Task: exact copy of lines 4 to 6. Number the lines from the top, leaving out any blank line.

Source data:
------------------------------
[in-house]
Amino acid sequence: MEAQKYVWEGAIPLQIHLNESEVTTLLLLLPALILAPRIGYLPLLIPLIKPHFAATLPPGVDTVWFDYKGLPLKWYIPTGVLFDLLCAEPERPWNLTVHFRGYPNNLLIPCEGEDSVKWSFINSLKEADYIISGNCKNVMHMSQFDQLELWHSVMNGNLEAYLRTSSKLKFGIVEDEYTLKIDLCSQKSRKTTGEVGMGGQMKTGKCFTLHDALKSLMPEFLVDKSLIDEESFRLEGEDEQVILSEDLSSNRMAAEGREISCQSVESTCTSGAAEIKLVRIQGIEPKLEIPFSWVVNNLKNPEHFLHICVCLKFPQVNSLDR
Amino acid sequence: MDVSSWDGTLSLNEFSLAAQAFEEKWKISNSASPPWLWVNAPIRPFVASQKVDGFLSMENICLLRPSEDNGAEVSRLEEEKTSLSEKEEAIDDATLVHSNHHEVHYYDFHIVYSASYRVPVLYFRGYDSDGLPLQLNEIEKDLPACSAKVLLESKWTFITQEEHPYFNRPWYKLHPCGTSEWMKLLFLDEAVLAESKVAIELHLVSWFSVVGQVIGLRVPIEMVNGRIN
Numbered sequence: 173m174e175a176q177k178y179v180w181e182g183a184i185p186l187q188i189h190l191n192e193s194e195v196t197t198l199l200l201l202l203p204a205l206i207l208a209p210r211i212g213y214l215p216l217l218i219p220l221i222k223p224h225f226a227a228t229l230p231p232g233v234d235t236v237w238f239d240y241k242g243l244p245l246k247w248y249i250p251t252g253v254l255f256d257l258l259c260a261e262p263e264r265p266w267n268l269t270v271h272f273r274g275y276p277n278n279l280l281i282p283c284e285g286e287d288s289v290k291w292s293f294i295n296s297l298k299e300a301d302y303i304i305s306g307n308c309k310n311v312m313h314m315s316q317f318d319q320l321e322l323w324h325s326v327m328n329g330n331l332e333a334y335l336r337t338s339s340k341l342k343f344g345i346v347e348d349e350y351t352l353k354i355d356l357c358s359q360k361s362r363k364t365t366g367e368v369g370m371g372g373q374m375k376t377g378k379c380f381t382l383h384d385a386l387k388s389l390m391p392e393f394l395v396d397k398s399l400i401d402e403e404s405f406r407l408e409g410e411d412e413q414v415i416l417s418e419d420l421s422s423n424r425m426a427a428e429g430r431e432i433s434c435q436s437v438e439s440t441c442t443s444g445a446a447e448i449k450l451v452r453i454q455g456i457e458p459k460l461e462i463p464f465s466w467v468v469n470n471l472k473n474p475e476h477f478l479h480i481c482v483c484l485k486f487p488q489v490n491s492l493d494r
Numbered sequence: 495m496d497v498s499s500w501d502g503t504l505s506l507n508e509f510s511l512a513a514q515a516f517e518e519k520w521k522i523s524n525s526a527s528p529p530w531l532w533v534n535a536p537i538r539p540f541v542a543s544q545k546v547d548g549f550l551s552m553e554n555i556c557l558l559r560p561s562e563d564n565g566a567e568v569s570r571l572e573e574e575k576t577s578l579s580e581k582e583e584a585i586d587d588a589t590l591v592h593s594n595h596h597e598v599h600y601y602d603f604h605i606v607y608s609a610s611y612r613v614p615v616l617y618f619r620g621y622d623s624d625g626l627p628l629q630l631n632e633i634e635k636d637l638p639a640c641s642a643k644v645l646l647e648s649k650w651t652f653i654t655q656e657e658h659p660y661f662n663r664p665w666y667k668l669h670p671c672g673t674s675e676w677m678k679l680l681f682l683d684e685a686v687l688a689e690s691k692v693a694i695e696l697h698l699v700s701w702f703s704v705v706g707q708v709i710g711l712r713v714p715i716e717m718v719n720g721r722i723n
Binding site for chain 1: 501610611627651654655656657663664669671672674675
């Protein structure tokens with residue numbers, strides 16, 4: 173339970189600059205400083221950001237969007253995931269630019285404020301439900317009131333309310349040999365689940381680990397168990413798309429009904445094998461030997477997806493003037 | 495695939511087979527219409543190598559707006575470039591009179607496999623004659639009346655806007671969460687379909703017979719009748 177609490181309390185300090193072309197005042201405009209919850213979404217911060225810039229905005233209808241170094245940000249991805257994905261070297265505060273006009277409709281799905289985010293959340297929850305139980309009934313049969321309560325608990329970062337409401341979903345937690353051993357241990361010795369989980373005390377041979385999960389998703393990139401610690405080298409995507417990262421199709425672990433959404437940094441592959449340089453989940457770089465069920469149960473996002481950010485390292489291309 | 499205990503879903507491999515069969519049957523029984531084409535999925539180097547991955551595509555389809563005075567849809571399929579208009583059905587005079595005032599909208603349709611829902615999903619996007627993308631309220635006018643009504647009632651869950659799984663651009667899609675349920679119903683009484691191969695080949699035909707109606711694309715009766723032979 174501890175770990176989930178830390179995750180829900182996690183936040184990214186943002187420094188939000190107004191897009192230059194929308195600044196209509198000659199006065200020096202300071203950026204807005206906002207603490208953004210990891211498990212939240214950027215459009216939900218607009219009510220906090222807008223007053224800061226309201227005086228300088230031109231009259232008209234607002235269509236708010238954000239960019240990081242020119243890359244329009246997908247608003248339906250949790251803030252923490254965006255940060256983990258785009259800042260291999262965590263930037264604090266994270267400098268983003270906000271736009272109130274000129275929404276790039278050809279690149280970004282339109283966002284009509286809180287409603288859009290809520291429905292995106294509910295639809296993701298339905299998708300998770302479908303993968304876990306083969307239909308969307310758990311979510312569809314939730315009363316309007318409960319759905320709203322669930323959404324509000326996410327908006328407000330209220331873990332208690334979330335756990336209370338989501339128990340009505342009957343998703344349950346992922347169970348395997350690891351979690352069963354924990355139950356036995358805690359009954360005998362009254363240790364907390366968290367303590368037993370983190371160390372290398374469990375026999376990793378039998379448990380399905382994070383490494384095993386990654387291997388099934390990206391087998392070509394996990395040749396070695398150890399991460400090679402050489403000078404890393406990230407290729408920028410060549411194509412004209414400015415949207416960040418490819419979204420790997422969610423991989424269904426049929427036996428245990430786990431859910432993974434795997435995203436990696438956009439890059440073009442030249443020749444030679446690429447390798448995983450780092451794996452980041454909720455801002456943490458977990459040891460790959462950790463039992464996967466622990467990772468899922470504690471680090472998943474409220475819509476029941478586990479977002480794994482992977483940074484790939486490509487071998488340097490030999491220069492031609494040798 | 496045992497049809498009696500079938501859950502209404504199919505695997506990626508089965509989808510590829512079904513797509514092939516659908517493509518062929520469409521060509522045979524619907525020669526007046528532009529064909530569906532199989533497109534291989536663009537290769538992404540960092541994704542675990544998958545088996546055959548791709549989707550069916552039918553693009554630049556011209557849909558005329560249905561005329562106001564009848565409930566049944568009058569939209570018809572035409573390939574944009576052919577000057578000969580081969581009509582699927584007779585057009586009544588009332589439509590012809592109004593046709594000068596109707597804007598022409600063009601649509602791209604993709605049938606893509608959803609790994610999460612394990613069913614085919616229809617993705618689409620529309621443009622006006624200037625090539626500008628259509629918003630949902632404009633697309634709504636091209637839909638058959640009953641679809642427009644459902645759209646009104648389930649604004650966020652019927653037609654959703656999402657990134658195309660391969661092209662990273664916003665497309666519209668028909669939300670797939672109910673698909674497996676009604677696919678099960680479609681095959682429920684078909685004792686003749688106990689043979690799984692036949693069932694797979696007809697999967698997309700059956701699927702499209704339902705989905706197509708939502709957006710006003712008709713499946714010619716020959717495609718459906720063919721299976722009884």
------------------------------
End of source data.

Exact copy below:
Numbered sequence: 173m174e175a176q177k178y179v180w181e182g183a184i185p186l187q188i189h190l191n192e193s194e195v196t197t198l199l200l201l202l203p204a205l206i207l208a209p210r211i212g213y214l215p216l217l218i219p220l221i222k223p224h225f226a227a228t229l230p231p232g233v234d235t236v237w238f239d240y241k242g243l244p245l246k247w248y249i250p251t252g253v254l255f256d257l258l259c260a261e262p263e264r265p266w267n268l269t270v271h272f273r274g275y276p277n278n279l280l281i282p283c284e285g286e287d288s289v290k291w292s293f294i295n296s297l298k299e300a301d302y303i304i305s306g307n308c309k310n311v312m313h314m315s316q317f318d319q320l321e322l323w324h325s326v327m328n329g330n331l332e333a334y335l336r337t338s339s340k341l342k343f344g345i346v347e348d349e350y351t352l353k354i355d356l357c358s359q360k361s362r363k364t365t366g367e368v369g370m371g372g373q374m375k376t377g378k379c380f381t382l383h384d385a386l387k388s389l390m391p392e393f394l395v396d397k398s399l400i401d402e403e404s405f406r407l408e409g410e411d412e413q414v415i416l417s418e419d420l421s422s423n424r425m426a427a428e429g430r431e432i433s434c435q436s437v438e439s440t441c442t443s444g445a446a447e448i449k450l451v452r453i454q455g456i457e458p459k460l461e462i463p464f465s466w467v468v469n470n471l472k473n474p475e476h477f478l479h480i481c482v483c484l485k486f487p488q489v490n491s492l493d494r
Numbered sequence: 495m496d497v498s499s500w501d502g503t504l505s506l507n508e509f510s511l512a513a514q515a516f517e518e519k520w521k522i523s524n525s526a527s528p529p530w531l532w533v534n535a536p537i538r539p540f541v542a543s544q545k546v547d548g549f550l551s552m553e554n555i556c557l558l559r560p561s562e563d564n565g566a567e568v569s570r571l572e573e574e575k576t577s578l579s580e581k582e583e584a585i586d587d588a589t590l591v592h593s594n595h596h597e598v599h600y601y602d603f604h605i606v607y608s609a610s611y612r613v614p615v616l617y618f619r620g621y622d623s624d625g626l627p628l629q630l631n632e633i634e635k636d637l638p639a640c641s642a643k644v645l646l647e648s649k650w651t652f653i654t655q656e657e658h659p660y661f662n663r664p665w666y667k668l669h670p671c672g673t674s675e676w677m678k679l680l681f682l683d684e685a686v687l688a689e690s691k692v693a694i695e696l697h698l699v700s701w702f703s704v705v706g707q708v709i710g711l712r713v714p715i716e717m718v719n720g721r722i723n
Binding site for chain 1: 501610611627651654655656657663664669671672674675